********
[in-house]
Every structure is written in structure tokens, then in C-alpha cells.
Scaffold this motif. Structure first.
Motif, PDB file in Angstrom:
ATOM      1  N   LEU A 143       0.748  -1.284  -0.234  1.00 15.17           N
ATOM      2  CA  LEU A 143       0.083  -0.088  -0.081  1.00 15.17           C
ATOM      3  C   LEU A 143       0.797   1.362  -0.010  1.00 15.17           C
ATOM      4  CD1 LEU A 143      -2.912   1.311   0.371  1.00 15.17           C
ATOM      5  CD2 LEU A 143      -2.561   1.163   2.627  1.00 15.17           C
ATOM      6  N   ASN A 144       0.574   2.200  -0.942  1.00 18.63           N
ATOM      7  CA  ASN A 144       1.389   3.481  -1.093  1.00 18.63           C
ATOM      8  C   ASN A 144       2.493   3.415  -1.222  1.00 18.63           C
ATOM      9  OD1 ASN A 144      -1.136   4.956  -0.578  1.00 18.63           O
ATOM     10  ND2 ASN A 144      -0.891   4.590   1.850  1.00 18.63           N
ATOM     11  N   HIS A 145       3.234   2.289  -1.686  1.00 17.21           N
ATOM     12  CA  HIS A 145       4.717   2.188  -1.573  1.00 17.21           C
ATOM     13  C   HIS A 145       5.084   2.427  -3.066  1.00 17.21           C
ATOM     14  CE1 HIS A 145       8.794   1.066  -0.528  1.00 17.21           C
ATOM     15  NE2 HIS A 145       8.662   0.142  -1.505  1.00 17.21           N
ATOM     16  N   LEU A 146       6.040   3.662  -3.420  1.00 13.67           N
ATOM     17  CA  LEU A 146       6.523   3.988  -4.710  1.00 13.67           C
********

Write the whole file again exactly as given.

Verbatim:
[in-house]
Every structure is written in structure tokens, then in C-alpha cells.
Scaffold this motif. Structure first.
Motif, PDB file in Angstrom:
ATOM      1  N   LEU A 143       0.748  -1.284  -0.234  1.00 15.17           N
ATOM      2  CA  LEU A 143       0.083  -0.088  -0.081  1.00 15.17           C
ATOM      3  C   LEU A 143       0.797   1.362  -0.010  1.00 15.17           C
ATOM      4  CD1 LEU A 143      -2.912   1.311   0.371  1.00 15.17           C
ATOM      5  CD2 LEU A 143      -2.561   1.163   2.627  1.00 15.17           C
ATOM      6  N   ASN A 144       0.574   2.200  -0.942  1.00 18.63           N
ATOM      7  CA  ASN A 144       1.389   3.481  -1.093  1.00 18.63           C
ATOM      8  C   ASN A 144       2.493   3.415  -1.222  1.00 18.63           C
ATOM      9  OD1 ASN A 144      -1.136   4.956  -0.578  1.00 18.63           O
ATOM     10  ND2 ASN A 144      -0.891   4.590   1.850  1.00 18.63           N
ATOM     11  N   HIS A 145       3.234   2.289  -1.686  1.00 17.21           N
ATOM     12  CA  HIS A 145       4.717   2.188  -1.573  1.00 17.21           C
ATOM     13  C   HIS A 145       5.084   2.427  -3.066  1.00 17.21           C
ATOM     14  CE1 HIS A 145       8.794   1.066  -0.528  1.00 17.21           C
ATOM     15  NE2 HIS A 145       8.662   0.142  -1.505  1.00 17.21           N
ATOM     16  N   LEU A 146       6.040   3.662  -3.420  1.00 13.67           N
ATOM     17  CA  LEU A 146       6.523   3.988  -4.710  1.00 13.67           C